So, I’m about to break some news, and it might shock you.
Take a deep breath.
Here goes. Tom Selleck is not a Hawaii-based private investigator here to solve your toughest cases. Seriously, it’s fiction. Dude’s never done it.
He’s also not a veteran New York City cop. Or a legendary publicist heading a new marketing firm. Or one of three dads raising a little girl. He’s not even Monica’s sexy boyfriend on “Friends.” Hell, the two never dated.
Nope. Beneath the makeup and away from the red carpets and Hollywood premiers, Thomas William Selleck is apparently just another self-absorbed, 70-year-old rich guy with two California properties, indifferent to the rapidly deteriorating fortunes of a state run dry.
Or, put another way, he appears to be one of the many people whose selfishness has been exposed by the worst drought in recorded California history, one that is well into its fourth year.
In case you missed the news, the Calleguas Municipal Water District in Ventura County recently filed a complaint against Selleck and his wife Jillie, accusing the couple of having water taken from a fire hydrant in Thousand Oaks delivered to their ranch (outside the Calleguas service area).
On Thursday, Selleck reached a tentative settlement with the water district, though terms have not been not released. But no matter how his lawyers and representatives spin it (it’s still unclear whether he purchased enormous quantities of water from the district or simply swiped it), there’s no denying the suit’s painful accusations: On multiple occasions between 2013 and 2015, it alleged, a van loaded water from a hydrant and delivered it directly to Selleck’s property.
That’s water unavailable to those Californians who are not wealthy movie stars
I wish this shocked me.
But having now lived in Southern California for nearly a year, I’ve grown increasingly numb to the mix of wealth, entitlement and indifference on display as citizens are asked to —required to — confront the ravages of the drought.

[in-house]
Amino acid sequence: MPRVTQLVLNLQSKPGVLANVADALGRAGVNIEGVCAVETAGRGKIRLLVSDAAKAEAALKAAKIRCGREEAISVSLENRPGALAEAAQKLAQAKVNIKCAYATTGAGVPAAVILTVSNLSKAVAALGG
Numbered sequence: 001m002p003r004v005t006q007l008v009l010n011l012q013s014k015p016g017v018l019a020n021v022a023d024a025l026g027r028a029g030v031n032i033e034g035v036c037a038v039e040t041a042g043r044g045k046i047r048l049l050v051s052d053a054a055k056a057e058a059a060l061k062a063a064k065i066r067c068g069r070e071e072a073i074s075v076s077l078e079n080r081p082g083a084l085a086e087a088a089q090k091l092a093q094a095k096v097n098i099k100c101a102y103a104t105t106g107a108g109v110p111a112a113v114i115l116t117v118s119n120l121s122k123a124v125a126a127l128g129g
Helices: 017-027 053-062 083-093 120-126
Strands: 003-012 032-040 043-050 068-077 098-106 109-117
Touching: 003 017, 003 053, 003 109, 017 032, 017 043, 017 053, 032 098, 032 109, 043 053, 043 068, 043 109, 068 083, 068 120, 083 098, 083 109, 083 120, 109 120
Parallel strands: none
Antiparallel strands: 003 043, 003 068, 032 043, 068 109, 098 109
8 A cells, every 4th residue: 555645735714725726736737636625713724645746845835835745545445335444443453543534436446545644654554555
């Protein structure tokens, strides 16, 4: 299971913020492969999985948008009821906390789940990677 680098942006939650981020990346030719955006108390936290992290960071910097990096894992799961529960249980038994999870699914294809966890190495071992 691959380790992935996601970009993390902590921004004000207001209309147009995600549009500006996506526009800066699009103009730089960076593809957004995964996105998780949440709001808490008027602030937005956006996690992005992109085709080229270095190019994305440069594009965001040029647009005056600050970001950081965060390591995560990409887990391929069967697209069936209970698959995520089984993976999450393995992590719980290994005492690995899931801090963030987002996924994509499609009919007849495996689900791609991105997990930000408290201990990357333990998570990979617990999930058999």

It’s true that across the state, more and more people seem at long last to be taking the situation seriously. According to new data from the State Resources Control Board, residential users reduced May water use in 2015 by 28.9% from May 2013. (By comparison, last May California actually increased water usage by 1% from the previous three Mays.)
Yet many of the richest areas (and residents) still don’t seem to care. According to a recent Orange County Register report, homeowners in the state’s sixth wealthiest county were on track for approximately 900 new swimming pool installations — the second busiest year since the economic downturn.
In my (lovely, placid) adopted hometown of Laguna Niguel, sprinklers blast and flowers bloom and small rivers of runoff roll down the sidewalks. Private community associations continue to waste precious unrecycled water to keep communal grass green and perky, and brown lawns are shunned. Just a few weeks ago, while talking with a retired NBA star who lives in the area, I asked what he’s doing about the drought. He looked at me with a grin. “Not my problem,” he said.
Sadly, this seems to be the collective thought pattern. Thanks to the increasingly popular #droughtshaming hashtag, water wasters have been exposed left and right — and it ain’t a pretty picture for those with big bucks.
A $20 million mansion belonging to Kim Kardashian and Kanye West is located on 3½ acres of land, and features two large swimming pools, two spas and enough lush green grass for half the NFL. (A representative for Kardashian was quoted in the New York Post: “Kim takes this drought seriously . . . she has no problem letting her grass go brown.”)
The same wasteful ways seem to apply to Jessica Simpson’s estate. And Jennifer Lopez’s estate. If you have money, and presumably lack civic decency, the drought isn’t your problem. It belongs to others.
In this regard, if Selleck is a duke of elitist water wasters, the king must be Brett Barbre, a longtime board member of both the Municipal Water District of Orange County and the Metropolitan Water District of Southern California (the first organization purchases water through the second organization, then delivers it to its 28 client agencies, which provide retail water services).
A couple of months ago, Barbre (a legitimate power player in state water) was asked in a PBS interview what he thought of mandated restrictions. His reply? “They’re gonna have to pry the hose out of my cold, dead fingers,” he said. “I have a yard where I have invested money in the landscaping, I’ve got a dog that likes to run in the yard, I have family that likes to come over and visit. And it’s unfair to force me to cut my use 36 percent.”
Barbre added that, “in this country, if you have the money and you want to buy something (like water), you should be able to buy it.”
Indeed. You should.
If there is any left.